"You are not coming?"

Translation:Te nem jössz?

July 28, 2016

This discussion is locked.

  • 1295

What is the difference between jön and eljön?


In the above sentence, "el" is optional.

"Jön" is just the general motion of coming. "Eljön" involves a kind of completeness of the action. 'Perfective'. It is the full action, indicating the direction plus the arrival at the target.

I am going out, are you coming? - "Jössz?"
The destination is not important, it is just asking about the action.

I am having a party tomorrow, are you coming? - "Eljössz?"
Will you come there to be there?

Summer is coming - "Jön a nyár"
Summer has come - "Eljött a nyár"


Jöttek - jöttök, is both the same?


No, they aren't the same. "Jöttek" is in past tense, it means "They came."
While "jöttök" is in present tense and it means "You are coming." (plural you)

Jövök. - I'm coming.
Jössz. - You're coming.
Jön. - He/she/it is coming.
Jövünk. - We're coming.
Jöttök. - You're coming.
Jönnek. - They're coming.

It's also worthwhile to note that in Hungarian we don't use the expression "Jövök." in a sexual context as "I'm coming." is used in English. We (or at least some of us) may say "Elmegyek." in such situations which means "I'm going (away)."
I have no idea why am I telling you this. :-)


Thank you, now it is getting clearer. I thought, jöttek is present tense and there are maybe two possibilities of writing. The ö seemed strange to me in present tense. Thank you also for your last words. Now I do also understand the big laughter in Hungary, when I said elmegyek, while leaving a garden party. Nobody wanted to explain me, what was wrong.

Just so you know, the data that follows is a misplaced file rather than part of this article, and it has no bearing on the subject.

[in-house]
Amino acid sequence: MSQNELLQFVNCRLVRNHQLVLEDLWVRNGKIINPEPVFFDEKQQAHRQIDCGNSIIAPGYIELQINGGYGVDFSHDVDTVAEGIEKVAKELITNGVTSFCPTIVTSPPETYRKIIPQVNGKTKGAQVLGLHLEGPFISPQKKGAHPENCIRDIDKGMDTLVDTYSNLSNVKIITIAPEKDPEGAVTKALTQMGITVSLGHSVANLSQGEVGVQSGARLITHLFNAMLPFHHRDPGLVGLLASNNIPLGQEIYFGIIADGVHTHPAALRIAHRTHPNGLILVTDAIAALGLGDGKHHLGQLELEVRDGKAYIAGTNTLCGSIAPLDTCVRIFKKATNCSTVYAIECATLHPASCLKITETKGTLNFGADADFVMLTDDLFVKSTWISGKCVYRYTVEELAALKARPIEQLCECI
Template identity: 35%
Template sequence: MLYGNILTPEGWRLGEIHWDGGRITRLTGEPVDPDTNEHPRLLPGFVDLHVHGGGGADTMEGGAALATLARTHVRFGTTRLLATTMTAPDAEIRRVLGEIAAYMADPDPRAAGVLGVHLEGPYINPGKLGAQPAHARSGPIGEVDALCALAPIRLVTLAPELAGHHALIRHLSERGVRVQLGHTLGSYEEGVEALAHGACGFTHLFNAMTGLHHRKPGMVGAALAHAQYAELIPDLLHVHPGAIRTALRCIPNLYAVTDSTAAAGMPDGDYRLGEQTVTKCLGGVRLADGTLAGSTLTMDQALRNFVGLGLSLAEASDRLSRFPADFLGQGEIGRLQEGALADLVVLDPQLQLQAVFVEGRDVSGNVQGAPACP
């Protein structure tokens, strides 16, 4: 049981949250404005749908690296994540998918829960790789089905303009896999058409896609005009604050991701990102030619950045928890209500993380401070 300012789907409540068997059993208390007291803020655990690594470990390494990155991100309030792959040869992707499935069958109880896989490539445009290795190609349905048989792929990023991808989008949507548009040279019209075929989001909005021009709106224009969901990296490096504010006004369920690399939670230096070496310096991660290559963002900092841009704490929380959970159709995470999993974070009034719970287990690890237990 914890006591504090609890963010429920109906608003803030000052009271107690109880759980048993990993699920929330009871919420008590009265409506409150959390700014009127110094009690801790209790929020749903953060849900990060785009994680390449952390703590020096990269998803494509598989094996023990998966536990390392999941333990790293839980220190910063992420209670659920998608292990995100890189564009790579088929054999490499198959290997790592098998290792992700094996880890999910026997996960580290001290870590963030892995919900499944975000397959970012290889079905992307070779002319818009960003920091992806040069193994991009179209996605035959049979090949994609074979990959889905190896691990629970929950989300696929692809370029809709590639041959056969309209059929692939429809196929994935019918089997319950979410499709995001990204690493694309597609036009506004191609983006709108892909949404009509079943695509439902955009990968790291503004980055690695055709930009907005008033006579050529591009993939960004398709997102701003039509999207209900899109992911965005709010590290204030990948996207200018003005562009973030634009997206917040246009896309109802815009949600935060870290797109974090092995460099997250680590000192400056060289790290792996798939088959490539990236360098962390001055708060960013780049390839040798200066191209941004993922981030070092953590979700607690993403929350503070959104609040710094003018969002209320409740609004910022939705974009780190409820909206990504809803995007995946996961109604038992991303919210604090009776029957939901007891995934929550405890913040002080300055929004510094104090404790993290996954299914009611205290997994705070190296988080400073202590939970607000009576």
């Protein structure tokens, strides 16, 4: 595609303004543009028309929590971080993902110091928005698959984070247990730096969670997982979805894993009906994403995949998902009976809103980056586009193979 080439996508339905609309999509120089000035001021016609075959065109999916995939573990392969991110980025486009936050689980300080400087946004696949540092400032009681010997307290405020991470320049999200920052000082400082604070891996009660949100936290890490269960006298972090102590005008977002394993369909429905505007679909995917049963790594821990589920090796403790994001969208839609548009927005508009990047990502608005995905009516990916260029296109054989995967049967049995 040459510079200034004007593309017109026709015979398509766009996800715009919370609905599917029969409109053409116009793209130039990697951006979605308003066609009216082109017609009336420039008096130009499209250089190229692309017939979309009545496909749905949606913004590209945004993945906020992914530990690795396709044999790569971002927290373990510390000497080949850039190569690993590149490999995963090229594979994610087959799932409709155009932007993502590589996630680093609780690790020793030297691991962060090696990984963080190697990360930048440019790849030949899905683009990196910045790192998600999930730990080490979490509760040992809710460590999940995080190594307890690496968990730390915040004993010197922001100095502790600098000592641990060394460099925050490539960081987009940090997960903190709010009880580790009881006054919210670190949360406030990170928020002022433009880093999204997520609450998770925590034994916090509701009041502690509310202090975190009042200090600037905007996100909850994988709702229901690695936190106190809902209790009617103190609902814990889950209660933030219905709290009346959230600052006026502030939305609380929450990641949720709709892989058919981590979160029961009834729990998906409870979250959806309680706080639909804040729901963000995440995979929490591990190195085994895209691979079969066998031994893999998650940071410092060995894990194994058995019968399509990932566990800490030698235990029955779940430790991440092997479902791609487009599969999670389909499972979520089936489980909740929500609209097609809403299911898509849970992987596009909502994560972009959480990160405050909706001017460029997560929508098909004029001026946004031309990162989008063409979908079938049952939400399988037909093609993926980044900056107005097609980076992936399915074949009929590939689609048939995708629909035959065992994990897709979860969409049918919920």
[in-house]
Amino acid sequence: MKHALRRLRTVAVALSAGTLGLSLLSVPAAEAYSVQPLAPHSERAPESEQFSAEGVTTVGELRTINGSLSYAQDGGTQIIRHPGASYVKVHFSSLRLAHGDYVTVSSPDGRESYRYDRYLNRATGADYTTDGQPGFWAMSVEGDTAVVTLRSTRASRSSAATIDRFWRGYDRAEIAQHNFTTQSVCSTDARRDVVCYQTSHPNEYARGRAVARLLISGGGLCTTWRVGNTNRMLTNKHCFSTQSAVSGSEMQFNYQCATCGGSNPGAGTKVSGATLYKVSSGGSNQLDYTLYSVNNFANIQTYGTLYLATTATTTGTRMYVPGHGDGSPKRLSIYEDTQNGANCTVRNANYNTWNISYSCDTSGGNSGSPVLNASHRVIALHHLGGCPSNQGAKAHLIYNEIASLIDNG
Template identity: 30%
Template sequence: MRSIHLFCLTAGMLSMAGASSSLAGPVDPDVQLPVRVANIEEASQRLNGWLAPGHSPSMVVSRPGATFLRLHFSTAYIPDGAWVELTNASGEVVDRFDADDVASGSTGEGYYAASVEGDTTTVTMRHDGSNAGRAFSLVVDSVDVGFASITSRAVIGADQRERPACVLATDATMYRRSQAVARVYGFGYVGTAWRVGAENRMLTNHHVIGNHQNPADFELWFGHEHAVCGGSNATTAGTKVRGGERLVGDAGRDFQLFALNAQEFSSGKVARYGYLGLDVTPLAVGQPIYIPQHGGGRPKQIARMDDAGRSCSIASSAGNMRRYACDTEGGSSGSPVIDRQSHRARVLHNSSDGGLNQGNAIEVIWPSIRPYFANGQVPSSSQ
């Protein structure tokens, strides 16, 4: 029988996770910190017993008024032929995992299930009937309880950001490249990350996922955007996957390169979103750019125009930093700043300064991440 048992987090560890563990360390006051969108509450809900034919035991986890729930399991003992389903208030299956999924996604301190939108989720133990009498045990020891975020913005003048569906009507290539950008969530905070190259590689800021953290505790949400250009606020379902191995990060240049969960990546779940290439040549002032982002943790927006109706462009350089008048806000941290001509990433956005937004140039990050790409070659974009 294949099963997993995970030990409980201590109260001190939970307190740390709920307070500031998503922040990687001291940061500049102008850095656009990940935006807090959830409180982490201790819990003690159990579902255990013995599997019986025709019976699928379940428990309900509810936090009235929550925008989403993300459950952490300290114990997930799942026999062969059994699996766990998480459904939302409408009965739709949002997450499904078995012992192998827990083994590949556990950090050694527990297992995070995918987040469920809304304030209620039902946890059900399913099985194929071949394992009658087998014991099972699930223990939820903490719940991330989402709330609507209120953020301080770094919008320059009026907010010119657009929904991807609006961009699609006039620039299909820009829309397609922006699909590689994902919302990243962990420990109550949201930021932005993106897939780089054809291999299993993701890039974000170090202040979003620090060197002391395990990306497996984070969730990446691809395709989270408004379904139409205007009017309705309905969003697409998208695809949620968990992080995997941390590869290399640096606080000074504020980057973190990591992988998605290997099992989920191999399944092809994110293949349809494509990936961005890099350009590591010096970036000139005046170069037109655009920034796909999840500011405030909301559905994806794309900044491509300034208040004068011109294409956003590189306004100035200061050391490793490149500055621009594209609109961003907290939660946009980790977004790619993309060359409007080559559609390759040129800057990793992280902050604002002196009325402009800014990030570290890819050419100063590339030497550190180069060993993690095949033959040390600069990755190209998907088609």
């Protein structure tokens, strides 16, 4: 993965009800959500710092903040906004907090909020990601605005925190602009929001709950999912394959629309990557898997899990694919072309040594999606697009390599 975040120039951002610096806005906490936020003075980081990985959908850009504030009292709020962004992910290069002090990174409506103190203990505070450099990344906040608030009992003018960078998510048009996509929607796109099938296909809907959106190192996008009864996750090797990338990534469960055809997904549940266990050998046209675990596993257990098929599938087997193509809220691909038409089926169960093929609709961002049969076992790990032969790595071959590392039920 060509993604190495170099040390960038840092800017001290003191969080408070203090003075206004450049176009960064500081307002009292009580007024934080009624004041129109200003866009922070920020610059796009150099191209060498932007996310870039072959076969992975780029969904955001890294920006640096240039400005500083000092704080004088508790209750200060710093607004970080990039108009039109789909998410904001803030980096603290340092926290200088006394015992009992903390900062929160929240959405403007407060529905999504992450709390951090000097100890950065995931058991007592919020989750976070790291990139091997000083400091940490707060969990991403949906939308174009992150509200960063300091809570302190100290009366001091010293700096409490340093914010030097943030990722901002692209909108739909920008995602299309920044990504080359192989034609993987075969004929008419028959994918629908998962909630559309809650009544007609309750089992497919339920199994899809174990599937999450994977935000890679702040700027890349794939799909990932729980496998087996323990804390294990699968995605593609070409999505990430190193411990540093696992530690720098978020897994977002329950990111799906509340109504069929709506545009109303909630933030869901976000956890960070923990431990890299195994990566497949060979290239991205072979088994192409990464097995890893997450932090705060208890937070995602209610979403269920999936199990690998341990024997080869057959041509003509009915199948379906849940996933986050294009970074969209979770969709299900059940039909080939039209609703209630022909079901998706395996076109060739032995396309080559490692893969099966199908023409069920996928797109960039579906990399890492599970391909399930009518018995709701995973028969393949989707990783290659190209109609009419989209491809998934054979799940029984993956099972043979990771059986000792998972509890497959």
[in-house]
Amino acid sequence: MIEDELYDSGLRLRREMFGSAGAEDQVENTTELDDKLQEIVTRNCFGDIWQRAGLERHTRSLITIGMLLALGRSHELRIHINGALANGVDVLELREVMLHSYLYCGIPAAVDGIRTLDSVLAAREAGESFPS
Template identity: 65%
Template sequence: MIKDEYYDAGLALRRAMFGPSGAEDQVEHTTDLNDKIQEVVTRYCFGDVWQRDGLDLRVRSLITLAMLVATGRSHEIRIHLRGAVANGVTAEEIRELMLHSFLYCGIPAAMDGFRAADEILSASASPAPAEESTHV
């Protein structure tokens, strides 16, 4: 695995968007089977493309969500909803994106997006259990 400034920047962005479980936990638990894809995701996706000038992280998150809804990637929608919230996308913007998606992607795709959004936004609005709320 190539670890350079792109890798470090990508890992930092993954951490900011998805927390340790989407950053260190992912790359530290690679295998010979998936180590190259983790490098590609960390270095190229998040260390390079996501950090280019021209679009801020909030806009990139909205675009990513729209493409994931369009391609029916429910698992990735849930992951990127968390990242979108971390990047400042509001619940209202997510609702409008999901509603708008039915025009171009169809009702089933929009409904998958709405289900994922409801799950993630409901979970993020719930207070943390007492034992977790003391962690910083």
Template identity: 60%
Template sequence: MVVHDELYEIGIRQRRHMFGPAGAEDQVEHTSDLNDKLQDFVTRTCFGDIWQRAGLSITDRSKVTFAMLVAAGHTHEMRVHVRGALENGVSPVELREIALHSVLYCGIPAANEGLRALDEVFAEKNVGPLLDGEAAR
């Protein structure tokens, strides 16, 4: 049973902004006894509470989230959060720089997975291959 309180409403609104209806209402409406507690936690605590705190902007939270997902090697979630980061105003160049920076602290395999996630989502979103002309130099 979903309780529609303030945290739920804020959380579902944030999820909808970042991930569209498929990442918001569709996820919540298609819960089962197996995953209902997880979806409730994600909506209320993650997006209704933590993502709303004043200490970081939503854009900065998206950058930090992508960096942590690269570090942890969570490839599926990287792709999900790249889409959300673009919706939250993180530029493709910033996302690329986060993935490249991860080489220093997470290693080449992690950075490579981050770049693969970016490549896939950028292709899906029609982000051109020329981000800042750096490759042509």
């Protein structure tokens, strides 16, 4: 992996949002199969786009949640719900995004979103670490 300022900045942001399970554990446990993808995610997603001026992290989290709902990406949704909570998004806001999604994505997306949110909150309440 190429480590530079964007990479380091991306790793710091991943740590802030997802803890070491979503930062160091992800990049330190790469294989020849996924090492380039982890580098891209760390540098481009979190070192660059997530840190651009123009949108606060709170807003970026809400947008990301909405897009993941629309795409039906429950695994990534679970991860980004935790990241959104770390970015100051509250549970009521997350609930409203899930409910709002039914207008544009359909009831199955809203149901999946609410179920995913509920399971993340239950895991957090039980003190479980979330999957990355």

Great! It was worth mentioning it then. :)

There are three major groups of suffixes in Hungarian. (Képző, jel és rag.) One of them is the grammatical sign (= "jel" ) which slightly modifies the meaning of the base word. The sing of the past tense is "t".

So when you see a conjugated verb with "-t" or "-tt" in it, then as rule of thumb it might be in past tense. This is not always the case of course since "jöttök" has "-tt" in it but it's in present tense. But as you can see below when a verb is in past tense it always contains "-t" or "-tt".

Jöttem. - I came.
Jöttél. - You came.
Jött. - He/she/it came.
Jöttünk. - We came.
Jöttetek. - You came.
Jöttek. - They came.

More about the past tense (and other things) in English: https://hunlang.wordpress.com/2010/02/24/past-tense/


ti nem jöttök, te nem jössz el. The singular version has been discussed. Fine, thanks. However, why does the same logic not apply to the plural version (completenss of motion: jöttök el ???

Learn Hungarian in just 5 minutes a day. For free.